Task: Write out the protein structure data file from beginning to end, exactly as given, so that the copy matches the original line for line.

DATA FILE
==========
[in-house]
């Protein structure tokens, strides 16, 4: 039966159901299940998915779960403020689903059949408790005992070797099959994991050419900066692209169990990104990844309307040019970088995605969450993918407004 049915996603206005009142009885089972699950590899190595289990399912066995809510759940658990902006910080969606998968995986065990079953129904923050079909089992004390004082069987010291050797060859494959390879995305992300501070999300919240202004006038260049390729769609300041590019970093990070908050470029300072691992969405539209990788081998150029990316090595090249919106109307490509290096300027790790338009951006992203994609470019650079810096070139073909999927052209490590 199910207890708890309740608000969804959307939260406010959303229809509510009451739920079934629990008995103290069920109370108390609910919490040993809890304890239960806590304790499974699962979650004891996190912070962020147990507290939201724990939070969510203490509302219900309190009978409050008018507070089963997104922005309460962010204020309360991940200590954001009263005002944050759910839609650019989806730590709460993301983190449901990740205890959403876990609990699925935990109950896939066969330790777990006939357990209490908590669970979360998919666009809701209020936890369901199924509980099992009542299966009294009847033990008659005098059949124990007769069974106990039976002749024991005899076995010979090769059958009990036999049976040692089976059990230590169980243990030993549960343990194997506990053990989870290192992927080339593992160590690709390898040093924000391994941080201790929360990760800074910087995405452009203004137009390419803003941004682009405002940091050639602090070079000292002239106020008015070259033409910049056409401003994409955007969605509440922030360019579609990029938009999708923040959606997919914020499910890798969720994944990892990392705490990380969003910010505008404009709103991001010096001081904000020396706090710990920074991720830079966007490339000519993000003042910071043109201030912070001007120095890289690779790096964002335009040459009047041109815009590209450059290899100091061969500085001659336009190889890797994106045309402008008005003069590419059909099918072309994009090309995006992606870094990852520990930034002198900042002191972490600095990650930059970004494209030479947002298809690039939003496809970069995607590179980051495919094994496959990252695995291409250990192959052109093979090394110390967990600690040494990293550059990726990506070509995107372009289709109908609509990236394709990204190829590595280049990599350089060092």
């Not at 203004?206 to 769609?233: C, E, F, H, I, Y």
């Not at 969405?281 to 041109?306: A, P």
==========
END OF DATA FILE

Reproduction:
[in-house]
């Protein structure tokens, strides 16, 4: 039966159901299940998915779960403020689903059949408790005992070797099959994991050419900066692209169990990104990844309307040019970088995605969450993918407004 049915996603206005009142009885089972699950590899190595289990399912066995809510759940658990902006910080969606998968995986065990079953129904923050079909089992004390004082069987010291050797060859494959390879995305992300501070999300919240202004006038260049390729769609300041590019970093990070908050470029300072691992969405539209990788081998150029990316090595090249919106109307490509290096300027790790338009951006992203994609470019650079810096070139073909999927052209490590 199910207890708890309740608000969804959307939260406010959303229809509510009451739920079934629990008995103290069920109370108390609910919490040993809890304890239960806590304790499974699962979650004891996190912070962020147990507290939201724990939070969510203490509302219900309190009978409050008018507070089963997104922005309460962010204020309360991940200590954001009263005002944050759910839609650019989806730590709460993301983190449901990740205890959403876990609990699925935990109950896939066969330790777990006939357990209490908590669970979360998919666009809701209020936890369901199924509980099992009542299966009294009847033990008659005098059949124990007769069974106990039976002749024991005899076995010979090769059958009990036999049976040692089976059990230590169980243990030993549960343990194997506990053990989870290192992927080339593992160590690709390898040093924000391994941080201790929360990760800074910087995405452009203004137009390419803003941004682009405002940091050639602090070079000292002239106020008015070259033409910049056409401003994409955007969605509440922030360019579609990029938009999708923040959606997919914020499910890798969720994944990892990392705490990380969003910010505008404009709103991001010096001081904000020396706090710990920074991720830079966007490339000519993000003042910071043109201030912070001007120095890289690779790096964002335009040459009047041109815009590209450059290899100091061969500085001659336009190889890797994106045309402008008005003069590419059909099918072309994009090309995006992606870094990852520990930034002198900042002191972490600095990650930059970004494209030479947002298809690039939003496809970069995607590179980051495919094994496959990252695995291409250990192959052109093979090394110390967990600690040494990293550059990726990506070509995107372009289709109908609509990236394709990204190829590595280049990599350089060092």
């Not at 203004?206 to 769609?233: C, E, F, H, I, Y």
């Not at 969405?281 to 041109?306: A, P």